When painting lifts off into the ineffable, it’s hard to account, even internally, for what has taken place, much less why. You can stroll through one gallery after another, nodding at this and pausing at that, homing in more often than feels warranted on wall labels, frames, and other incidentals. But when you come across something like this painting by Giuseppe Maria Crespi (1665-1747), at the Museum of Fine Arts, you suddenly find your soul on the hook.
What has happened?
Honestly, I have no idea. When I look at the painting — which is not of a woman playing a lute, as the MFA’s title has it, but rather of a woman tuning a lute — I am conscious of many things at once. A very specific human presence, to begin with — a woman who, although her face is turned mostly away, feels in no way generic or obscured by false mystique.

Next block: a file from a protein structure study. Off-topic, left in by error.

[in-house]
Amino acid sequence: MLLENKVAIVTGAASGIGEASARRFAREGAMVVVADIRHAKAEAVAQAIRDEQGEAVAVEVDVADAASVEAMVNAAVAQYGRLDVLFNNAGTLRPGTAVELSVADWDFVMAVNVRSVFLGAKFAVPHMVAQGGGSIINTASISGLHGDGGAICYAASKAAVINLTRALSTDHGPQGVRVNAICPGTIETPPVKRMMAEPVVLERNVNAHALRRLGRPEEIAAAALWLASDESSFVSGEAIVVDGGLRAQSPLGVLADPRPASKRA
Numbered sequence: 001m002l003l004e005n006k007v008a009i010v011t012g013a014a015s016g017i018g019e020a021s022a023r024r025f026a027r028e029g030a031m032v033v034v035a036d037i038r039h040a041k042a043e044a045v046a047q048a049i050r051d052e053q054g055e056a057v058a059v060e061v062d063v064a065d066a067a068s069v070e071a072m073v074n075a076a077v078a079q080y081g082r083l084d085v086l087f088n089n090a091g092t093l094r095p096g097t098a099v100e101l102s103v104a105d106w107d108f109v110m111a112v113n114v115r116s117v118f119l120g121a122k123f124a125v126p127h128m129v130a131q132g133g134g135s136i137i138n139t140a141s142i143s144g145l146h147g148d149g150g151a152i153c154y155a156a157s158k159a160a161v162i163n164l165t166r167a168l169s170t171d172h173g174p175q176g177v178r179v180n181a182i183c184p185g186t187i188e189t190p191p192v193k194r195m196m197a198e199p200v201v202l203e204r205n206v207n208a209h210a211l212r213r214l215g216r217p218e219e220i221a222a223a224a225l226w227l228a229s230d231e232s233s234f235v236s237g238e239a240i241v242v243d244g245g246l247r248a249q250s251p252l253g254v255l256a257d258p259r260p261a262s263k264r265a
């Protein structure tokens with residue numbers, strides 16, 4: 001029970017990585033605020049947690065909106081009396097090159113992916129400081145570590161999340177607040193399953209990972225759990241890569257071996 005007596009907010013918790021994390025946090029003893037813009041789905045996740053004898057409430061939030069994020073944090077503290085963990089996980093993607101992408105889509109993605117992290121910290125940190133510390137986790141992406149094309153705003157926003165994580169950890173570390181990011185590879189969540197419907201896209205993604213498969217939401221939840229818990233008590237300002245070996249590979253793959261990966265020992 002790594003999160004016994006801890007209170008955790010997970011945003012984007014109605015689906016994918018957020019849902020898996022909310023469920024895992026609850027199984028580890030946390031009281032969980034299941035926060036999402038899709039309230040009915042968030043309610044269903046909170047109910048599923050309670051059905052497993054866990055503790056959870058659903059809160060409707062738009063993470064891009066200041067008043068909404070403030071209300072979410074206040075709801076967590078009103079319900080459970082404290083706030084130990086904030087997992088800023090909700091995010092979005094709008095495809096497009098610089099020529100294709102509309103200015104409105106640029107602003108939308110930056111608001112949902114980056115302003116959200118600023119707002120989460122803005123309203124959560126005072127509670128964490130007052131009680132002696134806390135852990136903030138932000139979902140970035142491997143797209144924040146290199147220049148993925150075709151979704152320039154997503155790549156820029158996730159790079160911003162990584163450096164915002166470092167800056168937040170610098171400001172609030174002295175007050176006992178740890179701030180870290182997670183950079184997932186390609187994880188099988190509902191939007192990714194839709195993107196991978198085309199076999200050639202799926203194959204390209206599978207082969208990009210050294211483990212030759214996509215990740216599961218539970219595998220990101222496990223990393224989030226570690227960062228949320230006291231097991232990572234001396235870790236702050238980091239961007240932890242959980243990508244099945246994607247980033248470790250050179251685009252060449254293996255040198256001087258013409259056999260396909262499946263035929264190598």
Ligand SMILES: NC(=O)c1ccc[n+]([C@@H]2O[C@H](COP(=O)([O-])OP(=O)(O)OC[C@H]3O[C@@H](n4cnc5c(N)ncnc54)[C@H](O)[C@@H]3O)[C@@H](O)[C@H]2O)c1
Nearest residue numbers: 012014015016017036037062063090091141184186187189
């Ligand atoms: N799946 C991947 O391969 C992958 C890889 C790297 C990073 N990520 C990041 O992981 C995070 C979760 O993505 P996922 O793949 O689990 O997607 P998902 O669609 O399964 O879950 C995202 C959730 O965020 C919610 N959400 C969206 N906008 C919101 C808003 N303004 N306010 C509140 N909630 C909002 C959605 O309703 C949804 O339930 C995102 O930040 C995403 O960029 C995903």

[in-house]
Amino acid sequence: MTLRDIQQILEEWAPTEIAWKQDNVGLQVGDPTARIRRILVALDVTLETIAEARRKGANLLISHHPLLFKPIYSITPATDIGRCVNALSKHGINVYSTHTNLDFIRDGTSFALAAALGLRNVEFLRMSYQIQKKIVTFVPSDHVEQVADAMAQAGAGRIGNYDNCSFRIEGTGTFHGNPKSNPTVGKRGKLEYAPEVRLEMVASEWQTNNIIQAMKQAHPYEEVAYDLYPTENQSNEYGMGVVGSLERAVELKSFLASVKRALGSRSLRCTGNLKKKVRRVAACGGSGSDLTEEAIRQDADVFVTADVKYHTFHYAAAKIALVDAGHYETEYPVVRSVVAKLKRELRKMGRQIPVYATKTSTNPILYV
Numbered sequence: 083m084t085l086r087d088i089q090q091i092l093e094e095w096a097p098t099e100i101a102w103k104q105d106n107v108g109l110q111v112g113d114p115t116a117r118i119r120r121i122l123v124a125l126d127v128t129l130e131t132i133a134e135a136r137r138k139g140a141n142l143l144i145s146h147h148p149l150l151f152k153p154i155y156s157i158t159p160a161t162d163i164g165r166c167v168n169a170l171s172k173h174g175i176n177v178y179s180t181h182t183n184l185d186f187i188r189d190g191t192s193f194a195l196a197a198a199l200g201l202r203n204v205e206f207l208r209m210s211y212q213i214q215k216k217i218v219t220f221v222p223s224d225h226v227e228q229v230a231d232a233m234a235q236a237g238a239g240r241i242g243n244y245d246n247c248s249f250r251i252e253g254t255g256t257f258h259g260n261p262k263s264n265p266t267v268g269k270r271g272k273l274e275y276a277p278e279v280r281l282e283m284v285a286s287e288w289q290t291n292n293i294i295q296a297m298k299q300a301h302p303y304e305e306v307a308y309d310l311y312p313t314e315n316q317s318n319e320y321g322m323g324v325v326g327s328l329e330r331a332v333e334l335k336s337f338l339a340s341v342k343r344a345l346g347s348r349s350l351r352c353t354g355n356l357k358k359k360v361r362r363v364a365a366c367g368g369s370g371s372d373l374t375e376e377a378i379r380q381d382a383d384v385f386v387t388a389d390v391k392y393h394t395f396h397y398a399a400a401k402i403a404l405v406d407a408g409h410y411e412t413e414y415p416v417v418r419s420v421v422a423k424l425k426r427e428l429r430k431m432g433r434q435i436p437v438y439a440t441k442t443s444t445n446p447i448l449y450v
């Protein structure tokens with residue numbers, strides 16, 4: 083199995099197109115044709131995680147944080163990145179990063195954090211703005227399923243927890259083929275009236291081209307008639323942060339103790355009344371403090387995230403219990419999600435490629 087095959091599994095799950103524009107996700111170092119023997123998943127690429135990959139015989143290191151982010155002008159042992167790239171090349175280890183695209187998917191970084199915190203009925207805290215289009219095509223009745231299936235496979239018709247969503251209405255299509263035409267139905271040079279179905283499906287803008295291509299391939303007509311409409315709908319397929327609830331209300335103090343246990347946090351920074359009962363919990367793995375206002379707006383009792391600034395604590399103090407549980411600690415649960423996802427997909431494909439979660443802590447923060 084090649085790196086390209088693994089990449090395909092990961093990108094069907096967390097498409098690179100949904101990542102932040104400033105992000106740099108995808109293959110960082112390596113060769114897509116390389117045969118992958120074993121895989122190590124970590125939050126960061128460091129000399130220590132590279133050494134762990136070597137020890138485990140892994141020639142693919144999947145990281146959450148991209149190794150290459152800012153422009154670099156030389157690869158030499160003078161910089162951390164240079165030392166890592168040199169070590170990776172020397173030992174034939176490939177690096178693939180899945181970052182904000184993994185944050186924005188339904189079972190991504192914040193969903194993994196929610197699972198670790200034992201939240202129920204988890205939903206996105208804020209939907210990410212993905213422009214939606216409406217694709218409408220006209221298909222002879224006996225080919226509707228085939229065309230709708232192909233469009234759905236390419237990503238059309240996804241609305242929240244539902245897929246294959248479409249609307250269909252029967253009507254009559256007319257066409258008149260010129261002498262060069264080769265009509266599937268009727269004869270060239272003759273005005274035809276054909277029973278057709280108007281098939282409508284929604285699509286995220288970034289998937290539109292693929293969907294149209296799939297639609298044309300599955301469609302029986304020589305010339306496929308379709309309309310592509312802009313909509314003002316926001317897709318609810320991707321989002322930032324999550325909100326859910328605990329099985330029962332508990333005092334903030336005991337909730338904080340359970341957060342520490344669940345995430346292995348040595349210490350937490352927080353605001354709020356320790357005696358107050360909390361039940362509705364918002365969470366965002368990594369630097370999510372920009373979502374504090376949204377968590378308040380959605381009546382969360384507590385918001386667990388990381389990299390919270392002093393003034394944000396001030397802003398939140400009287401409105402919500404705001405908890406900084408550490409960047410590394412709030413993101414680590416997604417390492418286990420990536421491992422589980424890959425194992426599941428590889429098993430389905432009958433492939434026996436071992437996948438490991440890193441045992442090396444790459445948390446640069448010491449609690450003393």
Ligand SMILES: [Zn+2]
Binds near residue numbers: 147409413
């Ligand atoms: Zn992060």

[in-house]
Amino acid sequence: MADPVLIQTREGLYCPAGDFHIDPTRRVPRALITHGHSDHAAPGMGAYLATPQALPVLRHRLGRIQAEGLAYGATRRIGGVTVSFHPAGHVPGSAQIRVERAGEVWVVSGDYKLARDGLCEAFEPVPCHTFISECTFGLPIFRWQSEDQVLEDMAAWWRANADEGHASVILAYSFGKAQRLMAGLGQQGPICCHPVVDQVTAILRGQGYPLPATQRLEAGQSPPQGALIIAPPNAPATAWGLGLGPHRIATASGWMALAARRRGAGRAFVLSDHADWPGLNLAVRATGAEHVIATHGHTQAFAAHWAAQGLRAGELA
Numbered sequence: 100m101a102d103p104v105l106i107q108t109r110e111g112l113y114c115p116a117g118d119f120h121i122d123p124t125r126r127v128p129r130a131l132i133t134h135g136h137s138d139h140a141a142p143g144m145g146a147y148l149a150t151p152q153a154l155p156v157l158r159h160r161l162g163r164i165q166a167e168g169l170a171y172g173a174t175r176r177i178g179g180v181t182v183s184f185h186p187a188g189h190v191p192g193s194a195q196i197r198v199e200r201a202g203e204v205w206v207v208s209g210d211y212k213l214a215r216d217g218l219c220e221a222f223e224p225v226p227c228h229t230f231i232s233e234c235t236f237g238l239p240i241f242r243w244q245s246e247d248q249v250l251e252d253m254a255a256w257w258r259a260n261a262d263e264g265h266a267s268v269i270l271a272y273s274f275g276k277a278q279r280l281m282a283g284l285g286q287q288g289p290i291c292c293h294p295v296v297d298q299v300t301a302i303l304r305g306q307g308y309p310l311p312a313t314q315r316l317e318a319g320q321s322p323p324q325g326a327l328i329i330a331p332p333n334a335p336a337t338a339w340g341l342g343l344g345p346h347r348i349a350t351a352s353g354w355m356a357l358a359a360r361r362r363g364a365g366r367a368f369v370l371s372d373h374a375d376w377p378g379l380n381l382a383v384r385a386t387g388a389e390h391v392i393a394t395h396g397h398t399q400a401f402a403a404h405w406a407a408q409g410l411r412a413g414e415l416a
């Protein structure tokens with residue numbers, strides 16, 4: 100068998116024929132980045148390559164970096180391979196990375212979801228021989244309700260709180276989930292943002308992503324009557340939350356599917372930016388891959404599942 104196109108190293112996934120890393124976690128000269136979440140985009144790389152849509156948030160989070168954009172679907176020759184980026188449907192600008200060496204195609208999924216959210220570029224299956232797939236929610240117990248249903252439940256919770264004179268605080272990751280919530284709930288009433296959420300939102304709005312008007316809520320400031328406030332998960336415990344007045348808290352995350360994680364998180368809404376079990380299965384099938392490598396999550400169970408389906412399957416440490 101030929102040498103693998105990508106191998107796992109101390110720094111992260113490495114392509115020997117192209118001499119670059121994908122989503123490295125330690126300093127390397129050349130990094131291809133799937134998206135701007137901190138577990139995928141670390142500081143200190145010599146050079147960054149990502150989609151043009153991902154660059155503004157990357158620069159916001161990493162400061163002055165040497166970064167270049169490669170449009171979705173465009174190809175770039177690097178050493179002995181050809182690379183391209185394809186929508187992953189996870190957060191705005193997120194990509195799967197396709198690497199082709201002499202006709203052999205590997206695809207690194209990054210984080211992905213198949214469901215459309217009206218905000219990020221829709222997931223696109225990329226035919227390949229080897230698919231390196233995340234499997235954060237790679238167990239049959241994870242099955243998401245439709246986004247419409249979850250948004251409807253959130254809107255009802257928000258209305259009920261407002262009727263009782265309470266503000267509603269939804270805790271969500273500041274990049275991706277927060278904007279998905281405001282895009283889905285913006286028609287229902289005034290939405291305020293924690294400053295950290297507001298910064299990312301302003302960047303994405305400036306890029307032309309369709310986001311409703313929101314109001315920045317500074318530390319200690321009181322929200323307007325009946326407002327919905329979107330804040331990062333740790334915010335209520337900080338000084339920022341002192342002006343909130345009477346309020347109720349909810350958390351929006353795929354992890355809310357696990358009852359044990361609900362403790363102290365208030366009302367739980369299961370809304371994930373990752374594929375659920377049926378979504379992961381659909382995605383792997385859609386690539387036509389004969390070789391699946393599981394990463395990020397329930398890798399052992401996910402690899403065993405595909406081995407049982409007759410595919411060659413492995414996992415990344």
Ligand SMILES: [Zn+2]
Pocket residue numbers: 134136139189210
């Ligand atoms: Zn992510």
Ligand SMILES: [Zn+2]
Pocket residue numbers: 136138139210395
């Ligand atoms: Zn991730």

Look at her lovely, knobbly ear that catches the light and the tensed, claw-like tendons of her strumming hand. These body parts may not convey much about her personality. But they say everything about her gorgeous, inimitable human presence. And what a contrast they make with her blood-flushed cheeks and face, which turns and tilts so far into shadow that her profile is almost lost.
Note, too, her dark, pulled-back hair — those few loose strands on top and at back so tenderly observed!
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